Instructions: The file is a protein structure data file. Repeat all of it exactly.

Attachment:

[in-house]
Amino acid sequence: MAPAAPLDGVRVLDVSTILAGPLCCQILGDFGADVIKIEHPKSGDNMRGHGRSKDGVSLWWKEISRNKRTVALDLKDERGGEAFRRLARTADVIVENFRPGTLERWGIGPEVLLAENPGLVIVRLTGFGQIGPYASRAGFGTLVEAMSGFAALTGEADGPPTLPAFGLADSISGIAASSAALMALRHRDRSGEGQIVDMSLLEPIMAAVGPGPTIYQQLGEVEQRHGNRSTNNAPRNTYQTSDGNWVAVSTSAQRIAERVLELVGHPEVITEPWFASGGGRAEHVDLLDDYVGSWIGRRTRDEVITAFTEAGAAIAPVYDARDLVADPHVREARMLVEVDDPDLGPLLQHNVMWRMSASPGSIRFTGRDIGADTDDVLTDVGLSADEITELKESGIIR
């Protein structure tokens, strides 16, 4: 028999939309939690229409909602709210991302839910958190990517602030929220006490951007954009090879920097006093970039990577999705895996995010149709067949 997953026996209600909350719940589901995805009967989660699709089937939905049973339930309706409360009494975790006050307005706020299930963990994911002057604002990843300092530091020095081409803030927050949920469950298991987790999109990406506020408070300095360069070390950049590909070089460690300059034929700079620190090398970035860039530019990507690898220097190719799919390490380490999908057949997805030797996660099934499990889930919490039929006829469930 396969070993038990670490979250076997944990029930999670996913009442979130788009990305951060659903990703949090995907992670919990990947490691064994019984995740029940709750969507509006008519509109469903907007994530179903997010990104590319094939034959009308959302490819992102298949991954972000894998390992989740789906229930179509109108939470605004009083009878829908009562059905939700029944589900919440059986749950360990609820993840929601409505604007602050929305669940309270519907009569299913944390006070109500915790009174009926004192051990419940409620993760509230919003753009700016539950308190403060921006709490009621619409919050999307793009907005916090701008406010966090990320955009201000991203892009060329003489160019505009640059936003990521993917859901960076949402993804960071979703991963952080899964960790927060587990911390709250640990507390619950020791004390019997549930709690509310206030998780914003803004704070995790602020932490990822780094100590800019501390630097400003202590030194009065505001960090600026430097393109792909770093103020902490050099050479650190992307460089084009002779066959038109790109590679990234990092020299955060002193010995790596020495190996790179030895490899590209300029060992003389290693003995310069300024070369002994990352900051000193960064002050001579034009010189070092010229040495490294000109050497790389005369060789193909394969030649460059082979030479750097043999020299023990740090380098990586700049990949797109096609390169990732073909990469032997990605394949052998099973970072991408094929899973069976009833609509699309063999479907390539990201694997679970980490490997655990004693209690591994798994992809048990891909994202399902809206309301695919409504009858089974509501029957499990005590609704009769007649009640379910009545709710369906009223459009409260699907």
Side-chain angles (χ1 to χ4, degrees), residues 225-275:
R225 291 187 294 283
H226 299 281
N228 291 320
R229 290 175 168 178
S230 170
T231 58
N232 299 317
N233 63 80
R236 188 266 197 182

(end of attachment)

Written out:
[in-house]
Amino acid sequence: MAPAAPLDGVRVLDVSTILAGPLCCQILGDFGADVIKIEHPKSGDNMRGHGRSKDGVSLWWKEISRNKRTVALDLKDERGGEAFRRLARTADVIVENFRPGTLERWGIGPEVLLAENPGLVIVRLTGFGQIGPYASRAGFGTLVEAMSGFAALTGEADGPPTLPAFGLADSISGIAASSAALMALRHRDRSGEGQIVDMSLLEPIMAAVGPGPTIYQQLGEVEQRHGNRSTNNAPRNTYQTSDGNWVAVSTSAQRIAERVLELVGHPEVITEPWFASGGGRAEHVDLLDDYVGSWIGRRTRDEVITAFTEAGAAIAPVYDARDLVADPHVREARMLVEVDDPDLGPLLQHNVMWRMSASPGSIRFTGRDIGADTDDVLTDVGLSADEITELKESGIIR
């Protein structure tokens, strides 16, 4: 028999939309939690229409909602709210991302839910958190990517602030929220006490951007954009090879920097006093970039990577999705895996995010149709067949 997953026996209600909350719940589901995805009967989660699709089937939905049973339930309706409360009494975790006050307005706020299930963990994911002057604002990843300092530091020095081409803030927050949920469950298991987790999109990406506020408070300095360069070390950049590909070089460690300059034929700079620190090398970035860039530019990507690898220097190719799919390490380490999908057949997805030797996660099934499990889930919490039929006829469930 396969070993038990670490979250076997944990029930999670996913009442979130788009990305951060659903990703949090995907992670919990990947490691064994019984995740029940709750969507509006008519509109469903907007994530179903997010990104590319094939034959009308959302490819992102298949991954972000894998390992989740789906229930179509109108939470605004009083009878829908009562059905939700029944589900919440059986749950360990609820993840929601409505604007602050929305669940309270519907009569299913944390006070109500915790009174009926004192051990419940409620993760509230919003753009700016539950308190403060921006709490009621619409919050999307793009907005916090701008406010966090990320955009201000991203892009060329003489160019505009640059936003990521993917859901960076949402993804960071979703991963952080899964960790927060587990911390709250640990507390619950020791004390019997549930709690509310206030998780914003803004704070995790602020932490990822780094100590800019501390630097400003202590030194009065505001960090600026430097393109792909770093103020902490050099050479650190992307460089084009002779066959038109790109590679990234990092020299955060002193010995790596020495190996790179030895490899590209300029060992003389290693003995310069300024070369002994990352900051000193960064002050001579034009010189070092010229040495490294000109050497790389005369060789193909394969030649460059082979030479750097043999020299023990740090380098990586700049990949797109096609390169990732073909990469032997990605394949052998099973970072991408094929899973069976009833609509699309063999479907390539990201694997679970980490490997655990004693209690591994798994992809048990891909994202399902809206309301695919409504009858089974509501029957499990005590609704009769007649009640379910009545709710369906009223459009409260699907």
Side-chain angles (χ1 to χ4, degrees), residues 225-275:
R225 291 187 294 283
H226 299 281
N228 291 320
R229 290 175 168 178
S230 170
T231 58
N232 299 317
N233 63 80
R236 188 266 197 182